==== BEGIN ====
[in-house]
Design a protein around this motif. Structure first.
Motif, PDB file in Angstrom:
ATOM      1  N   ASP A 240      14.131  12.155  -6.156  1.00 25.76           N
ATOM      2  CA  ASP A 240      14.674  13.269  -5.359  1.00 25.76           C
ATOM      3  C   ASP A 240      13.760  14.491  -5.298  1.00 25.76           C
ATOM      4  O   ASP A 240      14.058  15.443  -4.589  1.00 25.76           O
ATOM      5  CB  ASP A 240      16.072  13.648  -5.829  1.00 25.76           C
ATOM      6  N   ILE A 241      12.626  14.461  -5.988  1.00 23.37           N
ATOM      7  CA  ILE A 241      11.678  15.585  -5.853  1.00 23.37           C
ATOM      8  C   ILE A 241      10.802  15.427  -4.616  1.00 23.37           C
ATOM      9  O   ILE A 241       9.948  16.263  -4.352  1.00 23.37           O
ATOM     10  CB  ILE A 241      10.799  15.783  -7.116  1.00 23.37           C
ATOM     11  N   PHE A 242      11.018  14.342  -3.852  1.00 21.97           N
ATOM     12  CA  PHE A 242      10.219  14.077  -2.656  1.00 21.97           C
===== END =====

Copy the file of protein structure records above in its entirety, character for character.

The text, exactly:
[in-house]
Design a protein around this motif. Structure first.
Motif, PDB file in Angstrom:
ATOM      1  N   ASP A 240      14.131  12.155  -6.156  1.00 25.76           N
ATOM      2  CA  ASP A 240      14.674  13.269  -5.359  1.00 25.76           C
ATOM      3  C   ASP A 240      13.760  14.491  -5.298  1.00 25.76           C
ATOM      4  O   ASP A 240      14.058  15.443  -4.589  1.00 25.76           O
ATOM      5  CB  ASP A 240      16.072  13.648  -5.829  1.00 25.76           C
ATOM      6  N   ILE A 241      12.626  14.461  -5.988  1.00 23.37           N
ATOM      7  CA  ILE A 241      11.678  15.585  -5.853  1.00 23.37           C
ATOM      8  C   ILE A 241      10.802  15.427  -4.616  1.00 23.37           C
ATOM      9  O   ILE A 241       9.948  16.263  -4.352  1.00 23.37           O
ATOM     10  CB  ILE A 241      10.799  15.783  -7.116  1.00 23.37           C
ATOM     11  N   PHE A 242      11.018  14.342  -3.852  1.00 21.97           N
ATOM     12  CA  PHE A 242      10.219  14.077  -2.656  1.00 21.97           C